Acting Attorney General Andrew J. Bruck unveiled three statewide law enforcement policies that would affect no-knock warrants, recording rights, and diversity hiring efforts.
Bruck in a statement announcing said the three new rules would reaffirm New Jersey’s commitment to policing standards and its place as a national leader on the issue.
“What makes the Garden State special is that we develop policing policies collaboratively, by engaging law enforcement and community members alike, as we work to promote public trust and protect public safety,” he said.
The first rule would regulate the application of no-knock warrant to help ensure they are only used to promote both civilian and officer safety, and would establish approval and reporting requirements for their use.
Law enforcement would be required to take reasonable steps to identify the occupants of the premises to be searched prior to warrant execution.
Under the rule, county prosecutors would need to approve a no-knock warrant, and they would have to track the number of applications and authorizations for such warrants.
Recording Police Activity
The rule set would ensure rights to record police activity, ensuring the First Amendment’s bounds were as clear as policy.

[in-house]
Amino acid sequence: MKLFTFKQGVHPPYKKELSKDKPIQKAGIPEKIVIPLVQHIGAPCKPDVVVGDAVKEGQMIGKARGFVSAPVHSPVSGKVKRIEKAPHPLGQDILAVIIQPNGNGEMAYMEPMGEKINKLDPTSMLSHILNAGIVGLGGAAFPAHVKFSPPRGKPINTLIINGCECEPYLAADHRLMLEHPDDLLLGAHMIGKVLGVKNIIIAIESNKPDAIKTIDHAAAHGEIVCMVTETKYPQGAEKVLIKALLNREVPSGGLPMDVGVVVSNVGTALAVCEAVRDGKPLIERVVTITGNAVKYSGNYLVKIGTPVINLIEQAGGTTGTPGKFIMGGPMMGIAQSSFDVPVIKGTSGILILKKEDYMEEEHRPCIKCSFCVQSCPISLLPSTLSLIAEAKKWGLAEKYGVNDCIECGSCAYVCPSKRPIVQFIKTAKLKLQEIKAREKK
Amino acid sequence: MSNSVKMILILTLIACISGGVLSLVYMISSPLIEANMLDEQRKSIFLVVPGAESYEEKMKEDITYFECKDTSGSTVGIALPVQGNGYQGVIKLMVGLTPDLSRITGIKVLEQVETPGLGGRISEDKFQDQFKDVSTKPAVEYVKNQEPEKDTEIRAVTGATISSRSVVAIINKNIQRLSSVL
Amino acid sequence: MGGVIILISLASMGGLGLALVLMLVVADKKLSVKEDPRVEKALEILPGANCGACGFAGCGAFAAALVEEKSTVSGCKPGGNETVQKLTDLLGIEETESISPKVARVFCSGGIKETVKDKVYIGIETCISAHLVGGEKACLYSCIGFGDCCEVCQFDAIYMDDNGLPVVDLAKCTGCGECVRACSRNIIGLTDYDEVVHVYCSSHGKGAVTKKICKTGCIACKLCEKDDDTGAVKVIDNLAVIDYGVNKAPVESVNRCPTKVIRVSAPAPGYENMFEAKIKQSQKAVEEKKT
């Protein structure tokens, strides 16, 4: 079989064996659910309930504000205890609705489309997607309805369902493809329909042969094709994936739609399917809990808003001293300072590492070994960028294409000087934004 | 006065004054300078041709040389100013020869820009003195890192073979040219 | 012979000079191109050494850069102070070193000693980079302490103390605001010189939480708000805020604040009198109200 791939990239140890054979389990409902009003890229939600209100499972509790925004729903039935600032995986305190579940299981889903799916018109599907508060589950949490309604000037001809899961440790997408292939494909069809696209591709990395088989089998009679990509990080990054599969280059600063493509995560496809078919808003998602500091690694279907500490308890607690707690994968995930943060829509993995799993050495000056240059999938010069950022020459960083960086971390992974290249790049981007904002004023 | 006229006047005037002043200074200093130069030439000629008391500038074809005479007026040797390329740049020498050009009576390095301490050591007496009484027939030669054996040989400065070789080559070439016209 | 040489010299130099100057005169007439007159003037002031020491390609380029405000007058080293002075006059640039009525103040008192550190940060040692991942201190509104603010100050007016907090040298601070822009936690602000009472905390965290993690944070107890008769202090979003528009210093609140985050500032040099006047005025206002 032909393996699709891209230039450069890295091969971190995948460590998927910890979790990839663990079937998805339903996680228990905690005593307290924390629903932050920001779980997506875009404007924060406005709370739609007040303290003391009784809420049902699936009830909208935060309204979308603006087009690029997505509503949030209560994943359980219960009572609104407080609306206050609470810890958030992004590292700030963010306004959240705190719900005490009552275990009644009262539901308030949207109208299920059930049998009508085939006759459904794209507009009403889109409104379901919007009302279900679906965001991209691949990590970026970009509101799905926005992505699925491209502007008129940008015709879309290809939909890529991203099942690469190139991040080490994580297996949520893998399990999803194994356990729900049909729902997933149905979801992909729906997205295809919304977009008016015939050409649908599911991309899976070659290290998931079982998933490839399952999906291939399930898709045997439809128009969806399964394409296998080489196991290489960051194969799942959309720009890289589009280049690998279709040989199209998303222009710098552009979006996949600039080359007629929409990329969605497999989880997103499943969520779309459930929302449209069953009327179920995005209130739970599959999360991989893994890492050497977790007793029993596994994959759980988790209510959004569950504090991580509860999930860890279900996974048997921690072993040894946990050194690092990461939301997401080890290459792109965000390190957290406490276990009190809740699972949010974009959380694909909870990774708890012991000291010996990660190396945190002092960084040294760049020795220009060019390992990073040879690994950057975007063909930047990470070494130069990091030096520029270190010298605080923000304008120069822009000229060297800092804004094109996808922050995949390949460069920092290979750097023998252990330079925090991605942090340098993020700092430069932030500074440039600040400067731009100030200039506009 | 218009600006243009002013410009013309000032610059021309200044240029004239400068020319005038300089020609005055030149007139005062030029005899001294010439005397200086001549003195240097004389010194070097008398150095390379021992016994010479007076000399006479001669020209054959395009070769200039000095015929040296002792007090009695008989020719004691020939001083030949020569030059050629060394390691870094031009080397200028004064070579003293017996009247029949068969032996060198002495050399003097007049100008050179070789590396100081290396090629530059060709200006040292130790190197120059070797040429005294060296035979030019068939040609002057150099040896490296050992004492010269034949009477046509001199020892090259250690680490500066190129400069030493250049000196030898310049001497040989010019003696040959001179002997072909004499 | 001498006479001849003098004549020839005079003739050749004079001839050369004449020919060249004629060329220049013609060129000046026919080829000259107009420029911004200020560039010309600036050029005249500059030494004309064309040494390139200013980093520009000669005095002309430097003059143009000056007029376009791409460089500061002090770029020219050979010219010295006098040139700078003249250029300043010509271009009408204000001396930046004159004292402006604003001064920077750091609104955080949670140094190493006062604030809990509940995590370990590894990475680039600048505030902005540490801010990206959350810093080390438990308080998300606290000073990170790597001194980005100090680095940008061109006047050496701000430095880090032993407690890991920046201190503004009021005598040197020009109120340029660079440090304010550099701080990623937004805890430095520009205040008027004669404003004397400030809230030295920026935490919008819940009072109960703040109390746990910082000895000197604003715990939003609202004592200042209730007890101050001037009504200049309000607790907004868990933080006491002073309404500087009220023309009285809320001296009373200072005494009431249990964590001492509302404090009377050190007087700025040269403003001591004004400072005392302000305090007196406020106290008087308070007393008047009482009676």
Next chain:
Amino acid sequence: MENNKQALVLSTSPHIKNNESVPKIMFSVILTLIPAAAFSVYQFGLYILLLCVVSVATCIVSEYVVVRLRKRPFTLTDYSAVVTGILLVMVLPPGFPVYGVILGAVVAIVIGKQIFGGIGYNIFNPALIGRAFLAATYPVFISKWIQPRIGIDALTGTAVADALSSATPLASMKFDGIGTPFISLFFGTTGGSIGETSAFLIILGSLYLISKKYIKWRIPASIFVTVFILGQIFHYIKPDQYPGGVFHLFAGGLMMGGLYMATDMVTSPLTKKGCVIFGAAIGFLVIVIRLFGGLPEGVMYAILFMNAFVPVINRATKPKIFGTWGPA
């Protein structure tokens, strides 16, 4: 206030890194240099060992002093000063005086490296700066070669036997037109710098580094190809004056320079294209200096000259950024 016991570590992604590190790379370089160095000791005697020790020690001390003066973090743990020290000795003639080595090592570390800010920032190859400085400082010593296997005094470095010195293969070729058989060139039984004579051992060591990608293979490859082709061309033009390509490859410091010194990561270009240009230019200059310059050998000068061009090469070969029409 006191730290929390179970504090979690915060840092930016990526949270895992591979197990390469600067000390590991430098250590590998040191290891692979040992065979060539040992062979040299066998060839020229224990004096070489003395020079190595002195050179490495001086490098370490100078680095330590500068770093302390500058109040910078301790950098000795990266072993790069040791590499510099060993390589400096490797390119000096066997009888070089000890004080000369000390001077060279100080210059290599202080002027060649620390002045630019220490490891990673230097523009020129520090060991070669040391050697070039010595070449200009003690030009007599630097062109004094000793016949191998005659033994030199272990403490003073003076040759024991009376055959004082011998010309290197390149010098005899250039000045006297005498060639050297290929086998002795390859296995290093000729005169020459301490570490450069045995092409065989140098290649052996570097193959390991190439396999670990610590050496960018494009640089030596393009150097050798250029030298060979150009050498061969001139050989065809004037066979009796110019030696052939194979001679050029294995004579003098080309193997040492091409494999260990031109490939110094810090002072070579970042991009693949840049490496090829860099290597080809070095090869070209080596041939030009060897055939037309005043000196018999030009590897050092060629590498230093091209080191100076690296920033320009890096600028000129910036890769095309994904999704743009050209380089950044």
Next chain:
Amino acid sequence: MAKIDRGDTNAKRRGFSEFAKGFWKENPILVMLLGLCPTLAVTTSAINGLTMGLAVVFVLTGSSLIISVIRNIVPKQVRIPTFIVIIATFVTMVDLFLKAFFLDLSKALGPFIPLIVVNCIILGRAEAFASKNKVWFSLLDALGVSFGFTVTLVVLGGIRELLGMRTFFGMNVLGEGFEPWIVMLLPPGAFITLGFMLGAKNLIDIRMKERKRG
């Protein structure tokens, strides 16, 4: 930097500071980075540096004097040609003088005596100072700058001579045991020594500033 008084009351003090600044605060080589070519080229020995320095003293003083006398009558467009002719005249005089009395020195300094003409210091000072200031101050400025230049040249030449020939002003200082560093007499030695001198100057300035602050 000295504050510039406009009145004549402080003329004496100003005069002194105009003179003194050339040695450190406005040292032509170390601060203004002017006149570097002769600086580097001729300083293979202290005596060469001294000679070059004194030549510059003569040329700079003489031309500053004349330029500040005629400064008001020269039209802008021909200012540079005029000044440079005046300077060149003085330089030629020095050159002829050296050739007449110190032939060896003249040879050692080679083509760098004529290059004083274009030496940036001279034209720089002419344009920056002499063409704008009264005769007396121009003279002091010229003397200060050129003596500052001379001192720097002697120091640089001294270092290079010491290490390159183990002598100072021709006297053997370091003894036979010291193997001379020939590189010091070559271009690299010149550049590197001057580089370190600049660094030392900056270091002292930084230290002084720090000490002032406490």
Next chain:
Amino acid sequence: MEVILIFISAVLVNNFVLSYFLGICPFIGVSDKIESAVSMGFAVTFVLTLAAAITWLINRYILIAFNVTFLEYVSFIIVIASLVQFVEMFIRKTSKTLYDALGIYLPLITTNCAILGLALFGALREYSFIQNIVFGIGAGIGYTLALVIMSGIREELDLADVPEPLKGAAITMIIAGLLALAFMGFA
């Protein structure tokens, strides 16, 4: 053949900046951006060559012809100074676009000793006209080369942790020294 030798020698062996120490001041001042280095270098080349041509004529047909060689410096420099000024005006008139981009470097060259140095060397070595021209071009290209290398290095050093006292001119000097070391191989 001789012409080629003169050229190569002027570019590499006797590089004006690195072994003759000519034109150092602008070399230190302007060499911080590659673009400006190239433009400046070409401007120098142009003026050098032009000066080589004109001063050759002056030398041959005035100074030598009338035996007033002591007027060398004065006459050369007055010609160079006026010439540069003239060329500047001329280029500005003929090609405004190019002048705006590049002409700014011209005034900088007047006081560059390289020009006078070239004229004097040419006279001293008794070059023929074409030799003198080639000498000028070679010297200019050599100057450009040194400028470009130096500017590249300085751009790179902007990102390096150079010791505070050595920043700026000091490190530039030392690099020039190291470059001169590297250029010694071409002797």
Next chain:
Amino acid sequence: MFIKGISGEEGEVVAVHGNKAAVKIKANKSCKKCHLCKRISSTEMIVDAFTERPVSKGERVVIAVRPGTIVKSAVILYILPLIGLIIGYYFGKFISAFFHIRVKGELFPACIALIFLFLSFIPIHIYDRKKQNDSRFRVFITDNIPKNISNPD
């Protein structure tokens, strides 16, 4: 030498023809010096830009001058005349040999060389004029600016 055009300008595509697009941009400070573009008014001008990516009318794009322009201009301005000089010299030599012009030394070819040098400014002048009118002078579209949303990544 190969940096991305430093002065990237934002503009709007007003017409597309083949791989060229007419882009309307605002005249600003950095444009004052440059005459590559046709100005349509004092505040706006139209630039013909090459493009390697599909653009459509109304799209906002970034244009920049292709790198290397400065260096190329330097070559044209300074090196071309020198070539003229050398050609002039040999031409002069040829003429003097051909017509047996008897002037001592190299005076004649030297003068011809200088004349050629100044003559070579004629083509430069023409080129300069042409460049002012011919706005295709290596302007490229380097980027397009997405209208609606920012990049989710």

Under the new recording rules, a bystander’s right to witness, observe, audio and video record, photograph, comment on, or complain about law enforcement officers would be allowed, provided the bystander has a legal right to be present where they are currently.
Bystanders would not be allowed to cross a police line simply because they have a recording device. Conversely, law enforcement officers would not be able to demand identification or say that recording was not allowed.
New Recruiting Guidelines
Finally, the third rule would encourage more diversity in law enforcement recruiting and hiring. It would establish demographic data collection requirements as well.
The state would first identify underrepresented groups by comparing the population the agency represents with the composition of its force. After studying this dynamic, it would take action to address any underrepresentation.
“The initiatives announced by the Office of the Attorney General are a tremendous step forward for law enforcement,” said Gov. Phil Murphy. “They will build public trust and better reflect the diversity of the communities they protect and serve, underscoring our administration’s commitment to transparency, racial equity, and justice in our policing practices.”